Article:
HC Deb 01 November 1954 vol 532 cc24-5
29. Mr. Callaghan

asked the Minister of Pensions and National Insurance if he will grant an increase in pension to the 400 totally disabled ex-Service men of the first war who are drawing an alternative pension and who have had no increase of any sort since 1919.

Mr. Peake

I cannot usefully add to what the Parliamentary Secretary said about alternative pensions generally in reply to a Question by the hon. and gallant Member for Cheltenham (Major Hicks Beach) on 20th October.

Mr. Callaghan

Will the Minister reconsider this and take into account that there are 400 of these men, mostly wounded when they were young, that they have lived their lives in a state of disablement, that the average age is 64, that the cost of giving them an increase would be £14,000, and that the most any could draw is £5 a week? Does he not think that the State should do something for these men?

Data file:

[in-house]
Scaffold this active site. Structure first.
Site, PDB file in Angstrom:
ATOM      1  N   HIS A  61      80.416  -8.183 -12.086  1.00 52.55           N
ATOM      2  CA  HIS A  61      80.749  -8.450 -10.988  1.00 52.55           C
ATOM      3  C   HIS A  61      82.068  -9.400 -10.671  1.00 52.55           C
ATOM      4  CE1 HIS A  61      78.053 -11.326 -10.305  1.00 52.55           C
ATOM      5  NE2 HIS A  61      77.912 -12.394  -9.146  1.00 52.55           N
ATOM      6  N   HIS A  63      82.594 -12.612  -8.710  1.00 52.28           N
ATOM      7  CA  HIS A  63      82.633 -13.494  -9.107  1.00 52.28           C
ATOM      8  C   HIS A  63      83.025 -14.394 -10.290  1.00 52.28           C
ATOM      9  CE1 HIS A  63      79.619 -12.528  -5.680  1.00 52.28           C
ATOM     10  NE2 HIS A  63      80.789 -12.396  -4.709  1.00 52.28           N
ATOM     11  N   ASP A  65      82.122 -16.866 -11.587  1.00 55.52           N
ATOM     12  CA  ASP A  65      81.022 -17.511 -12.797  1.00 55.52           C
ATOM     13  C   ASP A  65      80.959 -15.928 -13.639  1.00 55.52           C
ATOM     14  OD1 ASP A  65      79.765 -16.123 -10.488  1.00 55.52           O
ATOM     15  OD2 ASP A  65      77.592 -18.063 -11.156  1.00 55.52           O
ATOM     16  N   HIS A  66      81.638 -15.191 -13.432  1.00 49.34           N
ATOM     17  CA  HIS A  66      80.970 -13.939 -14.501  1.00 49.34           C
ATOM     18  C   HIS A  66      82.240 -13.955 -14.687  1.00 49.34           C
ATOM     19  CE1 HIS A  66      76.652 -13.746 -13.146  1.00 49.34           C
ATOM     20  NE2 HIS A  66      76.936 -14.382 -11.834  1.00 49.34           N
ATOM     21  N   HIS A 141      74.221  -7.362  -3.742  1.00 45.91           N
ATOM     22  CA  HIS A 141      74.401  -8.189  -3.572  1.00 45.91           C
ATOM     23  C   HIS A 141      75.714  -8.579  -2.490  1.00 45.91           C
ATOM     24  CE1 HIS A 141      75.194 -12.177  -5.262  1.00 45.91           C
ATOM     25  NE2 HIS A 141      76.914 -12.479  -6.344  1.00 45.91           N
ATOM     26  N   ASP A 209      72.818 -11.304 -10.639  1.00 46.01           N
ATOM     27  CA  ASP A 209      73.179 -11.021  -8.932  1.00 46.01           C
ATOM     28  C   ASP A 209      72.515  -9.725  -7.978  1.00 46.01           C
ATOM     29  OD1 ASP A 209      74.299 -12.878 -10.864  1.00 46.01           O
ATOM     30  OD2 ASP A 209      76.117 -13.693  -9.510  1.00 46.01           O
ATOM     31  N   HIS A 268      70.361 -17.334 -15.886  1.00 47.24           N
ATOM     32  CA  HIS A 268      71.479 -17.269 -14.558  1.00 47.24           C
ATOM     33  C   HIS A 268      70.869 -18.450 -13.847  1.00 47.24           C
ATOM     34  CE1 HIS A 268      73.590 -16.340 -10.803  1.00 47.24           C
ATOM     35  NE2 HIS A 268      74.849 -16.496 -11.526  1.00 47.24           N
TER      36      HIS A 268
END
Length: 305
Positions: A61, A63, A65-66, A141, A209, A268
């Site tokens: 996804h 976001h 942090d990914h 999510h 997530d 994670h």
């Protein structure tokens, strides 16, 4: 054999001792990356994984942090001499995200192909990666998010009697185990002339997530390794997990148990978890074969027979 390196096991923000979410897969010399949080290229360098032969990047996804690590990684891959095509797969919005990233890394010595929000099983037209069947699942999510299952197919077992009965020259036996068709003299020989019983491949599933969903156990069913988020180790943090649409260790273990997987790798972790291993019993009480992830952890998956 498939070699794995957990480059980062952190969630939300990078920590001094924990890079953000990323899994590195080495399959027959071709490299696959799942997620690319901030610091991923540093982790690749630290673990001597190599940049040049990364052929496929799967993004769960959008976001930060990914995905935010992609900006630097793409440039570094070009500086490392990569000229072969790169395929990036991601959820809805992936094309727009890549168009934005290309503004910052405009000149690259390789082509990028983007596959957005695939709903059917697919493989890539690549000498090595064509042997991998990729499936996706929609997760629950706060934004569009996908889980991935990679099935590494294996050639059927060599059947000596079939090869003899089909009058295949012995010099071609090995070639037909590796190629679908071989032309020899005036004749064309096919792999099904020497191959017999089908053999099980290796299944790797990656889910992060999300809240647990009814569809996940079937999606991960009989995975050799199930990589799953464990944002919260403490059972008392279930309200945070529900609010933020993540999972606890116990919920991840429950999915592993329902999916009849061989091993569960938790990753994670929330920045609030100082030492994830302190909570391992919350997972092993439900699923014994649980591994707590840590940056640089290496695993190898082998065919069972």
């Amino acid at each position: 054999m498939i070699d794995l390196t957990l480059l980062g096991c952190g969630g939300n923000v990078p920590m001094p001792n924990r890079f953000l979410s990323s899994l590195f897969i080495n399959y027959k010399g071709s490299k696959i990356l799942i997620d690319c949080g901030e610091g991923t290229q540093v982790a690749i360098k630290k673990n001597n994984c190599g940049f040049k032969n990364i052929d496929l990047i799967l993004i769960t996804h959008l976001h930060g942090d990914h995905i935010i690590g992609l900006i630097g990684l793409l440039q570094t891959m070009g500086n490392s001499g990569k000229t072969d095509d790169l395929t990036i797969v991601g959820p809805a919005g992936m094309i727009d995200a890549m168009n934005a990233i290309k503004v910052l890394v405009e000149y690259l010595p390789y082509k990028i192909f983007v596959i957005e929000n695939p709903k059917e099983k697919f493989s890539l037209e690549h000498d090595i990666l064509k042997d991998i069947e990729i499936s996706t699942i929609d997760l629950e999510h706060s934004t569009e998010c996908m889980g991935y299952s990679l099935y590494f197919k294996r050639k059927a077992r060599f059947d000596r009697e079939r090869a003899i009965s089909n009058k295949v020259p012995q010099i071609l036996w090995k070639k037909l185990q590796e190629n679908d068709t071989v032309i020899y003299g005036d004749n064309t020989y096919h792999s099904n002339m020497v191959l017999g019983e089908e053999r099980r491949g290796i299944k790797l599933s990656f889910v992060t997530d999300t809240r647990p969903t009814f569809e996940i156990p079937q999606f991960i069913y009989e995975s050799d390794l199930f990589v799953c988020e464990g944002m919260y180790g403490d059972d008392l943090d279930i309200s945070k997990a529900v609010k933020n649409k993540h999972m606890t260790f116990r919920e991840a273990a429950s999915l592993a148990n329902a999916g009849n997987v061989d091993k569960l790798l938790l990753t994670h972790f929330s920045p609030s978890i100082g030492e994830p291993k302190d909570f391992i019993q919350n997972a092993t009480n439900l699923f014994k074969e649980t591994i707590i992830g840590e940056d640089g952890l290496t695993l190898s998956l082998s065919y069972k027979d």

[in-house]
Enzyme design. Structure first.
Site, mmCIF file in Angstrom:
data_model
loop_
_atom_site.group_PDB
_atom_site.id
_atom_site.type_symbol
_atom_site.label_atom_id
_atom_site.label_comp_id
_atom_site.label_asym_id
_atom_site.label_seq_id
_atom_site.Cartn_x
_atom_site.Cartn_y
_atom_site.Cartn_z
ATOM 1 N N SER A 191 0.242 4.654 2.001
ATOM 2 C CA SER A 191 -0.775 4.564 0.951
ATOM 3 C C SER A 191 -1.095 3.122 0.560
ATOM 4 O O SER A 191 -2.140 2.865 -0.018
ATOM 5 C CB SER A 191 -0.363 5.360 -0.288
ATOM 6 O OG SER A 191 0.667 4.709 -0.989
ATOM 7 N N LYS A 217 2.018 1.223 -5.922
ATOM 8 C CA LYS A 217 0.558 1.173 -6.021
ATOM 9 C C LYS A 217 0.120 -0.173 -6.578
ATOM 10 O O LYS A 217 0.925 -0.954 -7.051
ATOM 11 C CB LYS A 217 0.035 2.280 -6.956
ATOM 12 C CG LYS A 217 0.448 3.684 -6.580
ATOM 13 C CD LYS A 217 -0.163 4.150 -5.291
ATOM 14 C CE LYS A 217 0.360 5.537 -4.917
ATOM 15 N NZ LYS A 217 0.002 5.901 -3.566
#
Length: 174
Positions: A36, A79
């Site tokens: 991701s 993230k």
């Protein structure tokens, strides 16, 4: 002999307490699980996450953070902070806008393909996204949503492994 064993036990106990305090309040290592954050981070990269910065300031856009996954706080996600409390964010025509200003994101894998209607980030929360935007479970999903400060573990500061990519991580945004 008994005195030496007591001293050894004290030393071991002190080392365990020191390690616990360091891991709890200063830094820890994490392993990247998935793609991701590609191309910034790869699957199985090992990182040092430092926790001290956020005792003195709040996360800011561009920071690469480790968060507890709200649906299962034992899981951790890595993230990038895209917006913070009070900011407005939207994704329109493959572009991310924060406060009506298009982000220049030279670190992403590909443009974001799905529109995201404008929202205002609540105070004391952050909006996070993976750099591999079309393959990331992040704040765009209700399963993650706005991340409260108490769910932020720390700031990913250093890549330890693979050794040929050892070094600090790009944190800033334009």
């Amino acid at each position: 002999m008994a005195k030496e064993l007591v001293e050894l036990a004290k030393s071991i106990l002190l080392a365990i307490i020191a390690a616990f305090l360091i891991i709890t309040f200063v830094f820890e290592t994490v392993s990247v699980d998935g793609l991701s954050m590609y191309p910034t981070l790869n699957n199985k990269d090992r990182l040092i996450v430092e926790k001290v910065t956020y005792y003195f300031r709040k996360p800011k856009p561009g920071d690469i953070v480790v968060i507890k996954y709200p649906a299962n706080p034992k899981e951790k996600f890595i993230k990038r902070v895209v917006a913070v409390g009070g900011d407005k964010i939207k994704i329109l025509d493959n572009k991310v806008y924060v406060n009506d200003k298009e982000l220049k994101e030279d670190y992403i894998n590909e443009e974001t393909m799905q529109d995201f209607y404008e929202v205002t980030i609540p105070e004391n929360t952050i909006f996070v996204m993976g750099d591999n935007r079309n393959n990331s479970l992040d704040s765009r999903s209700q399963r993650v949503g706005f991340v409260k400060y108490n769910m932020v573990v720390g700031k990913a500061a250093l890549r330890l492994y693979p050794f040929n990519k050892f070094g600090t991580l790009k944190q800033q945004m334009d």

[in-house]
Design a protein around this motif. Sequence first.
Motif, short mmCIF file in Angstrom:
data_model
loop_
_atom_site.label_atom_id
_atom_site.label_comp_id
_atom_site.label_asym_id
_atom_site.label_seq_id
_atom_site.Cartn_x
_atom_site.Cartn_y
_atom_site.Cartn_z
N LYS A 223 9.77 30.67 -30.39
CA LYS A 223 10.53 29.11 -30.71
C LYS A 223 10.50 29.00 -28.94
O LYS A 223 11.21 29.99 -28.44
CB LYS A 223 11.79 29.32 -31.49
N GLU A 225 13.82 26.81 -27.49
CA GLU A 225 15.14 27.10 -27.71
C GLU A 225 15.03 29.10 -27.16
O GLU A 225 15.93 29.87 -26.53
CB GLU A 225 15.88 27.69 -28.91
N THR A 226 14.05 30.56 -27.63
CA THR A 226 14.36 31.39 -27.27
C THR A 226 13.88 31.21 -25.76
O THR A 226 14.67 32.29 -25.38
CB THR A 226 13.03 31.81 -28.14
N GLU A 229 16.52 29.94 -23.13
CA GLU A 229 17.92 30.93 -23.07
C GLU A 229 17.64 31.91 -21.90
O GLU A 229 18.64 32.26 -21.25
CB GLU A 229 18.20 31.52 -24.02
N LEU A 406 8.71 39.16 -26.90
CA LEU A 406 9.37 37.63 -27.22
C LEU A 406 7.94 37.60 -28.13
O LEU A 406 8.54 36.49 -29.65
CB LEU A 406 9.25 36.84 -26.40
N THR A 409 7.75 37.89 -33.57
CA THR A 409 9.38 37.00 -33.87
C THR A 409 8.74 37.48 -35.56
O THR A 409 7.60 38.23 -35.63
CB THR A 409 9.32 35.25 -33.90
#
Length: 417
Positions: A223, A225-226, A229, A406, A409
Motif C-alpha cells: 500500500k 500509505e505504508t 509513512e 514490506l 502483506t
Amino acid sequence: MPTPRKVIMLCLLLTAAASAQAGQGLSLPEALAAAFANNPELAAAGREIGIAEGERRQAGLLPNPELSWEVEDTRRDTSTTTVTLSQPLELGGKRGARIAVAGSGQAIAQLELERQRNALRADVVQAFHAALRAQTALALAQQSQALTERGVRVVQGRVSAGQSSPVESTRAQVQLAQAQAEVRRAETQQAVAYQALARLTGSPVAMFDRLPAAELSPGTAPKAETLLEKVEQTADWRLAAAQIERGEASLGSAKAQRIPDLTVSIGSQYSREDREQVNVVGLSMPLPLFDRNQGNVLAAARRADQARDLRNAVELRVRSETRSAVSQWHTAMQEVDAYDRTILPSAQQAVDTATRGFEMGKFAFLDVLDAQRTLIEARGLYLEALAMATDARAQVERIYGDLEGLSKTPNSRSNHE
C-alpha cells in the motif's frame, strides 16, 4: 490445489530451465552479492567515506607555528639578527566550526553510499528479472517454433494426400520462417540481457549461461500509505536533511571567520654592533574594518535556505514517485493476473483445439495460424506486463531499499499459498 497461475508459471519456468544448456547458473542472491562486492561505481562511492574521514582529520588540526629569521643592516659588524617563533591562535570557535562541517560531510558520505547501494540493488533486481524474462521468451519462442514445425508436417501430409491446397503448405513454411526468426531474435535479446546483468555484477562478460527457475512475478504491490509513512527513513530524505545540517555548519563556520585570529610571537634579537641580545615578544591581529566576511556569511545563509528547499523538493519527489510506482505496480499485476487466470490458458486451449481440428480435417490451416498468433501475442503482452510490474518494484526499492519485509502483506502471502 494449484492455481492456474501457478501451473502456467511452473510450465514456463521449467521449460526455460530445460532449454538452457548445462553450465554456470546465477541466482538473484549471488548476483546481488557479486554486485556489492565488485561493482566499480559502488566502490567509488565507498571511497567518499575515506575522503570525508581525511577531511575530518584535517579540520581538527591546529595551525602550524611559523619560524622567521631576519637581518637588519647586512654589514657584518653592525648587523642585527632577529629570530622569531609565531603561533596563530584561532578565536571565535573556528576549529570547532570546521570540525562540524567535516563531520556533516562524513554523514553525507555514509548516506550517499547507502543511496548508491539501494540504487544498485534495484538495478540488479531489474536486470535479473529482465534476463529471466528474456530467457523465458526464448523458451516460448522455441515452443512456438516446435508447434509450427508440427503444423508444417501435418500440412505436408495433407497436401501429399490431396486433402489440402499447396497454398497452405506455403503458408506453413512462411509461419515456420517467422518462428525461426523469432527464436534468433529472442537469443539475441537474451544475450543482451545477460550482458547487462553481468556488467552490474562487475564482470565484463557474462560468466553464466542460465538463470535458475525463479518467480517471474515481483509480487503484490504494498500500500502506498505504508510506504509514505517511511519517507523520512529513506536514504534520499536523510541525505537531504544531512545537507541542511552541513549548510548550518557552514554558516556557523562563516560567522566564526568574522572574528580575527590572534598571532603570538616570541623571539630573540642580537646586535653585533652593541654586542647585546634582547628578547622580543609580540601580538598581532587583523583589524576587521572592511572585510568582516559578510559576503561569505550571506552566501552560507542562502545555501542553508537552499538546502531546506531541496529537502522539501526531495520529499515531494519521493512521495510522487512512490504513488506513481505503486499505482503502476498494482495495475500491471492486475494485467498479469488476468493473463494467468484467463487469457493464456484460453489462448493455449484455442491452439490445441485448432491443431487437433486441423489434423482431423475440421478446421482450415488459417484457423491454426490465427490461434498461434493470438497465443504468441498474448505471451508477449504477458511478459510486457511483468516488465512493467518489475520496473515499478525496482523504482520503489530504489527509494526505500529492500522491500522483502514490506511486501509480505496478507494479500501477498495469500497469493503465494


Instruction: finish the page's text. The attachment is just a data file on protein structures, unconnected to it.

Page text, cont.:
Mr. Peake

These men have been exceptionally treated and have drawn something higher than the standard rate throughout their period of disability. Whenever the standard rates are improved, they have the option of going on to the standard rates if those are higher than the pensions they are receiving. I have no doubt that some of these men will be able to exercise that option when I announce my new proposals for war pension rates before Christmas.